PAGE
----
Friday, June 12, 2009

A Brewery Awaits

Sorry for the lack of posting today, but I took some time off and drove up to the La Crosse/Eau Claire area to visit some breweries and friends and family. Today, Friday, I hit up Dave's Brewfarm in Wilson, WI. Wilson is about 30 minutes West of Eau Claire. I've talked about Dave's Brewfarm on a number of occasions.

Well, it looks like this thing is really starting to come together. Dave will be starting to brew shortly, in the short terms cans (a la Surly) will be produced in Stevens Point and bottles at Sand Creek. 750s and draught will come from the brewfarm's 7 barrel system. I'll have more on this as it comes together, but let's just say I can't wait to take my tent up for Brewstock.

In the meantime, here's some un-retouched pictures of the place as it's coming together.
Some of the brewing equipment just came in. We were told "later this week this stuff is going to get installed. Oh. Wait. What is today? Friday? Maybe next week, I guess." As a sign of the recycled nature of brewing equipment, this particular stuff (kettle and mashtun it looks like) started its life at Avery Brewing Co in Colorado.

This big empty spot is where everything will eventually get installed. To the left, off-screen, is where the wooden barrels and tasting room will be, to the right is the fermentation room and possible aging caves (the brewery is built into the side of a hill). You can see the test-batch system in the background.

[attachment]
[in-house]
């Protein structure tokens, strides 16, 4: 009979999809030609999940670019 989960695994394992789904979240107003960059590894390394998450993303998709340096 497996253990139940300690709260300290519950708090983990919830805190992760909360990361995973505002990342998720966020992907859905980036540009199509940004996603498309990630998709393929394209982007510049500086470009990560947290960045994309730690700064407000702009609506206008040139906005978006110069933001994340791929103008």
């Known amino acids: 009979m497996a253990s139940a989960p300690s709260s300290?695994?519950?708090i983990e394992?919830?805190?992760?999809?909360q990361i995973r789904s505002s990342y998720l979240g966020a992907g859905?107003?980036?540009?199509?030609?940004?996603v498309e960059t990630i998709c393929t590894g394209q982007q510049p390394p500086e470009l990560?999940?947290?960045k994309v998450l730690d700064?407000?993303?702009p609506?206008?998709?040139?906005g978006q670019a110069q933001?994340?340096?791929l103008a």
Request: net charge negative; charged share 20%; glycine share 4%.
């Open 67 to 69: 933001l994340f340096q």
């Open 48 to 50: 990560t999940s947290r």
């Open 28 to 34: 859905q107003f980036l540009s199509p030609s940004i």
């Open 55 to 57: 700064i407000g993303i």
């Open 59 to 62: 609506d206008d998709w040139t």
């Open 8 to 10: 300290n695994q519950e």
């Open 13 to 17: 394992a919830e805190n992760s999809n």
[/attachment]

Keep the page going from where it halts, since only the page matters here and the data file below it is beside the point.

Horizontal fermenters from Germany in the fermentation room. There are some vertical fermenters behind the photographer. This room is built into the side of a hill, and eventually (in an unknowably distant future) some of the wall might be knocked down to do some proper cave aging.
The windmill that will power the brewery. About 100 yards (maybe 200? 300?) from the brewery, it currently provides the brewery income for the surplus energy it adds back on to the grid. To the right, off-screen, is a large geo-thermal heat-exchange field that heats and cools the brewery.
Although certification is too expensive, these organic hops (centennial, fuggle, a few others, and some crazy experimental hop from New Mexico) are growing in organic soil. They are in the first year of a three-year growth start process, its future yield is unknown right now, but could eventually make some great fresh hop beers. Unfortunately, the barley growing and malting process is too much to take on right now.

Dave and his wife Pam are hopeful that all the necessary paperwork will be completed and the first batches of beer can be done by mid-August. If so, I hope you'll join me in the tasting room to open this place up.

1 comment:

  1. This sounds awesome and I can't wait to try out their beer. Cool idea. Open. Open. Open.


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